Holiday farmers’ market reunites regular patrons, vendors during offseason
Though the Lawrence Farmers’ Market has closed for the season, patrons and vendors alike will have one more chance to get together for the holiday season.
That’s one of the things Karen Pendleton, one of the Holiday Market’s organizers, said she likes most about the annual tradition, now in its 28th year.
“There’s a feeling of joyousness about (vendors) getting together and seeing each other and the customers that we haven’t seen for a few weeks,” she said. “… The customers know the farmers and have been buying from them throughout the season, and they enjoy coming back to see what they have available for the holidays.”
Pendleton said she’s excited because the market is seeing a trend of more vendors wanting larger booths this year — meaning, they’ll bring more goods. Also, Pendleton said the special market brings out a different side to many of the vendors.
“We have a lot of farmers who might be doing produce throughout the summer, but they have a hobby on the side of blowing glass or knitting or photography that they bring in and will be able to sell at the Holiday Market,” Pendleton said. “So it’s always kind of a surprise to see what some people might be bringing, because it lets out the more crafty side of some of the people.”
All of the vendors at the Holiday Market will be regulars from the Tuesday and Saturday markets, Pendleton said, and all goods will have been produced in the same 50-mile radius the market allows.
That means customers will be able to buy “from a farmer who can tell you about the cherries that they picked and then made into preserves; so there’s a little bit of a story behind the foods that you’ll be able to buy for gifts at Christmastime,” Pendleton said.
Some of the meat offerings available at the Holiday Market will include beef, chicken, turkey, different types of poultry, goat meat, elk and pork, Pendleton said. There will also be a wide range of produce, including vegetables that can be stored for long periods, such as winter squash and sweet potatoes, as well as spinach, turnips, radishes and lettuce.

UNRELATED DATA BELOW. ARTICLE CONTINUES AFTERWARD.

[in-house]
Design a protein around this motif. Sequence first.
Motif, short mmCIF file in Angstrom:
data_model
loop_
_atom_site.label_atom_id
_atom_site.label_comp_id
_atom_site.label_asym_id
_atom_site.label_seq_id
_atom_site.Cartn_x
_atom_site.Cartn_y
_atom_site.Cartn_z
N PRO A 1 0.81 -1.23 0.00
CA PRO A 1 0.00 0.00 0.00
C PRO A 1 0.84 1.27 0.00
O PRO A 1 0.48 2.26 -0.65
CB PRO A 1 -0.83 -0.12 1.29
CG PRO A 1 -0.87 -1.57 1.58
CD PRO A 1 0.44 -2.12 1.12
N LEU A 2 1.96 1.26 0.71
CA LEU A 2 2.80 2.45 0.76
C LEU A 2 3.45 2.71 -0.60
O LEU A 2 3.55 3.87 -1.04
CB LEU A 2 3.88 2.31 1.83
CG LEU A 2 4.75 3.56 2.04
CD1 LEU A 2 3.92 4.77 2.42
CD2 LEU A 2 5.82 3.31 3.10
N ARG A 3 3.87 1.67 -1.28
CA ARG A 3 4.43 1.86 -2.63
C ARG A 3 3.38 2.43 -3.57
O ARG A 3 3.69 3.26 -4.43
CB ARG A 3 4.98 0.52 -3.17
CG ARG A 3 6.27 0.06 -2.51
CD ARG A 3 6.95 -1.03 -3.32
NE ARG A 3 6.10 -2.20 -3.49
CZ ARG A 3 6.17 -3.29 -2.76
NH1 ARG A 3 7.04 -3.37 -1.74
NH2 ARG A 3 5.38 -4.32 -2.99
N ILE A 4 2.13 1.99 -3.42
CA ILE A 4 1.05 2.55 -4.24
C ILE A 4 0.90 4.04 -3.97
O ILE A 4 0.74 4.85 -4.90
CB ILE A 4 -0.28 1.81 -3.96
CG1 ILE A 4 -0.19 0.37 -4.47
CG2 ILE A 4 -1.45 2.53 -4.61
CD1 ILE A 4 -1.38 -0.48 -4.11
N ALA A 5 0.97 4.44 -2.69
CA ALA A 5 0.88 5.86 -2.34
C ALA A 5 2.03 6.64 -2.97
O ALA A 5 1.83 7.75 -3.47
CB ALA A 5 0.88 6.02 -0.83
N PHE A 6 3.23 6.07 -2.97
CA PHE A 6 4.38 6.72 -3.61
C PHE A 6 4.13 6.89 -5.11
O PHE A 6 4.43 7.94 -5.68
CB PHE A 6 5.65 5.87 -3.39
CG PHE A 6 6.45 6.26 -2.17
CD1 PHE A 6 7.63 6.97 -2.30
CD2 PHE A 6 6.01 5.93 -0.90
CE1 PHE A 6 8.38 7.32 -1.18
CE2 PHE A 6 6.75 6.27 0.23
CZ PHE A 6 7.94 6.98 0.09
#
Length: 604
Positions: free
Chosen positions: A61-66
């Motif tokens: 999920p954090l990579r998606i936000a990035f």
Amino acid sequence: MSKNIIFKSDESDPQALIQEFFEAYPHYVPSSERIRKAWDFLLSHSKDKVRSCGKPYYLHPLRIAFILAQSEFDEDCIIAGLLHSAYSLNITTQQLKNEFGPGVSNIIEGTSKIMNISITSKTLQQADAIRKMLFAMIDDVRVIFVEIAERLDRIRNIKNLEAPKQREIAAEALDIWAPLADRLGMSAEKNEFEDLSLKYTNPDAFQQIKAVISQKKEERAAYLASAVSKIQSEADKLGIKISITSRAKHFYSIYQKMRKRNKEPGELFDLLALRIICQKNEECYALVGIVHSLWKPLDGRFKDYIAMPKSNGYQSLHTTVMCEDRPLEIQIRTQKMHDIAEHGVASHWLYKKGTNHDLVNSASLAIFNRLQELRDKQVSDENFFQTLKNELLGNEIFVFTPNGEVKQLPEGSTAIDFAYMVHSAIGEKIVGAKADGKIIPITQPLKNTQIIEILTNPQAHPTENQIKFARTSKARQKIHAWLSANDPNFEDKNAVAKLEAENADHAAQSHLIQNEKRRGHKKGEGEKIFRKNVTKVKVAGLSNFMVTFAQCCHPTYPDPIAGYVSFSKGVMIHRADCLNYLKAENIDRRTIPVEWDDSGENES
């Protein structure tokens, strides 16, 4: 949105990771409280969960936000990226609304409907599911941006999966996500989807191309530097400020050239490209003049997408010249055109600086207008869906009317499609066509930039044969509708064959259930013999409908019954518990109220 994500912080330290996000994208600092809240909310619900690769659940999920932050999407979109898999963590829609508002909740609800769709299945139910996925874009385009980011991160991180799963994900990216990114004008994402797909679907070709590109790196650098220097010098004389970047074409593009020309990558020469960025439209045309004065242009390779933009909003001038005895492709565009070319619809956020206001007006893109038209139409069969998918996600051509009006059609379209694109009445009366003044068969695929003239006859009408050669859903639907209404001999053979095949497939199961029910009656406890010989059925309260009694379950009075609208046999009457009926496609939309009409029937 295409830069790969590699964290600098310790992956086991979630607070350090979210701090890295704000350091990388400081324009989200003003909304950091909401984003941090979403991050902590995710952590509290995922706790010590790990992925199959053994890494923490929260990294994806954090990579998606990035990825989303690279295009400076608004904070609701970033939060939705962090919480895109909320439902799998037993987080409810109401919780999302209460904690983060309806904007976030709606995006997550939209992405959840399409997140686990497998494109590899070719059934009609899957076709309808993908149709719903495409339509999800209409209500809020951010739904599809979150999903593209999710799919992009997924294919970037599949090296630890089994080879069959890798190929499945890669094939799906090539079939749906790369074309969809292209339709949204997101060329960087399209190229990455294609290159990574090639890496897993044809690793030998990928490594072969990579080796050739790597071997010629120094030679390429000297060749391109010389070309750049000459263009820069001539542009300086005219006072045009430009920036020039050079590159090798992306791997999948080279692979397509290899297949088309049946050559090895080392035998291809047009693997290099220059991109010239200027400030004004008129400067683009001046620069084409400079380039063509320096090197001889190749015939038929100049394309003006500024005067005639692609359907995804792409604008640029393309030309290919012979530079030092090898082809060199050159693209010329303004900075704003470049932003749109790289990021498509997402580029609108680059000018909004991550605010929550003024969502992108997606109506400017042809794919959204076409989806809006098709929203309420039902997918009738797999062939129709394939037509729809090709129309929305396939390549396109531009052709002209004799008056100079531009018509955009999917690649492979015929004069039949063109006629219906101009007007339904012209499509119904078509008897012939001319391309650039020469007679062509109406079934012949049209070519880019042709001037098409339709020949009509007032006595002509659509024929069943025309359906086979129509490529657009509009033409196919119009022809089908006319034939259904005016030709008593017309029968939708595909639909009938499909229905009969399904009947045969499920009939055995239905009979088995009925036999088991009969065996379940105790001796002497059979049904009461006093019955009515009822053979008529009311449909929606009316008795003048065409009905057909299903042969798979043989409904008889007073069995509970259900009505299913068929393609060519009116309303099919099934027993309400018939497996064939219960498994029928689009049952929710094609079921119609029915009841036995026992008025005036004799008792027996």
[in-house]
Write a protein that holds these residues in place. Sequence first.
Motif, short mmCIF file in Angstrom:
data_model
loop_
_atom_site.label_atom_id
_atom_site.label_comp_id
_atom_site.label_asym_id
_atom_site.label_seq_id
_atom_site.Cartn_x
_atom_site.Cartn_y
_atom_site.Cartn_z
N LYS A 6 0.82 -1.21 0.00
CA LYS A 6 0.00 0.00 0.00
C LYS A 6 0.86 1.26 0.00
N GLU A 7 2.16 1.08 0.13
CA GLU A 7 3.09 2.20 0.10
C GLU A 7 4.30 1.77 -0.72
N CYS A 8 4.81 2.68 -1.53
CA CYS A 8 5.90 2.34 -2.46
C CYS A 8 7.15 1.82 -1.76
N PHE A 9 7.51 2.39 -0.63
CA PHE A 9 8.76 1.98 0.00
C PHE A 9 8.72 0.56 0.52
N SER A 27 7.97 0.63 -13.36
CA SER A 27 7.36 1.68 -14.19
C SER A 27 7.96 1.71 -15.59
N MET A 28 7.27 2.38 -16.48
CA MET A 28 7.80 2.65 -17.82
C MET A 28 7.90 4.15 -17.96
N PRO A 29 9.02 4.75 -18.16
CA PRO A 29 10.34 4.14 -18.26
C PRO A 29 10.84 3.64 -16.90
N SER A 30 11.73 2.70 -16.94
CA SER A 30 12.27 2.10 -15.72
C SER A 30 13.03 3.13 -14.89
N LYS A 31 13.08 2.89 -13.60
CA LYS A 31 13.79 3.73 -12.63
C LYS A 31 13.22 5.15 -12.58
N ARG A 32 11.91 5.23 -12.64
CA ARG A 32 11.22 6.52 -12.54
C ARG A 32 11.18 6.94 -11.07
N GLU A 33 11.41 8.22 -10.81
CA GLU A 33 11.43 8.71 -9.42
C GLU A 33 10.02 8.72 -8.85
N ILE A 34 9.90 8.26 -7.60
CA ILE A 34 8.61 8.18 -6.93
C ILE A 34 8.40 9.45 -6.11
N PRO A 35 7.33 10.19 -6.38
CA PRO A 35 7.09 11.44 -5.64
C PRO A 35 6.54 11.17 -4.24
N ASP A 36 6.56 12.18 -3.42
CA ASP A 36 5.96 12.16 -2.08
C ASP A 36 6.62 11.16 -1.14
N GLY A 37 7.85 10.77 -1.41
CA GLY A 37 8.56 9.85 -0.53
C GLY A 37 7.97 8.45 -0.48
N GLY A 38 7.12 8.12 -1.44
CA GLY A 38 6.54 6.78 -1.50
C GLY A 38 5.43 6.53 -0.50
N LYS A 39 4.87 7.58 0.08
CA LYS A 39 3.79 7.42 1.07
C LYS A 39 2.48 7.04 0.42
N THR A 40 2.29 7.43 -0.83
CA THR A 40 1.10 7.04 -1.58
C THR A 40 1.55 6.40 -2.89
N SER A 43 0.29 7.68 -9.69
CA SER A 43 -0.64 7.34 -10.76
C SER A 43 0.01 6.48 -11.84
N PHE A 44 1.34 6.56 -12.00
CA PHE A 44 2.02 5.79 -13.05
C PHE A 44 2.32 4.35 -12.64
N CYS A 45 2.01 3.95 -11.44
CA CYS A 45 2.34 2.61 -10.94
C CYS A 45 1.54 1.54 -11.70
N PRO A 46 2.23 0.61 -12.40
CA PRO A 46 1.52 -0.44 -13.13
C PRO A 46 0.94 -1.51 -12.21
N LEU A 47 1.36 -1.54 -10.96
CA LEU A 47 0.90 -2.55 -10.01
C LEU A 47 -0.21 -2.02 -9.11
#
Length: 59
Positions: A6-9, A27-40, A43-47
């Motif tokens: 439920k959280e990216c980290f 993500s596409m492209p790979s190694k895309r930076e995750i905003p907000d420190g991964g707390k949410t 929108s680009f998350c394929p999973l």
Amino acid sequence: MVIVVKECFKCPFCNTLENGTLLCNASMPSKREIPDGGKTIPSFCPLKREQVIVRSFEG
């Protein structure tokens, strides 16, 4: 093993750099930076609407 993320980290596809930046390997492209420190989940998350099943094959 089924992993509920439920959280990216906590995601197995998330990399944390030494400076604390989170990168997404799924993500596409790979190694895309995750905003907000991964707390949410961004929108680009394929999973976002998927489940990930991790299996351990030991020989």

“We have a lot of people who grow in high tunnels, so they’re able to grow vegetables much longer into the season,” Pendleton said.
There will be plenty of other items for gifts, as well: jams, jellies, wine, pickles and lots of baked goods, Pendleton said. One of the more uncommon options at the Holiday Market will be shiitake mushroom logs that a local farmer has inoculated with spores, so you can grow your own.
“You will find things there you won’t find anywhere else,” she said — that includes tie-dyed socks and scarves, handmade cutting boards, blown glass, ceramics, cards, wreaths, lavender goods and all kinds of decor.
The Holiday Market will be open from 9 a.m. to 5 p.m. Saturday, Dec. 9, at the DoubleTree by Hilton, 200 McDonald Drive. Pendleton said the Lawrence school district has allowed its parking lot at offices just north of the hotel to be used for overflow parking.
For those who want to avoid the crowds, Pendleton said the market will be packed shoulder-to-shoulder early in the morning, but in the afternoon, the crowds calm down, and some vendors may even offer discounts after a certain time.
“The vendors know to bring enough product that very few will ever sell out,” she said.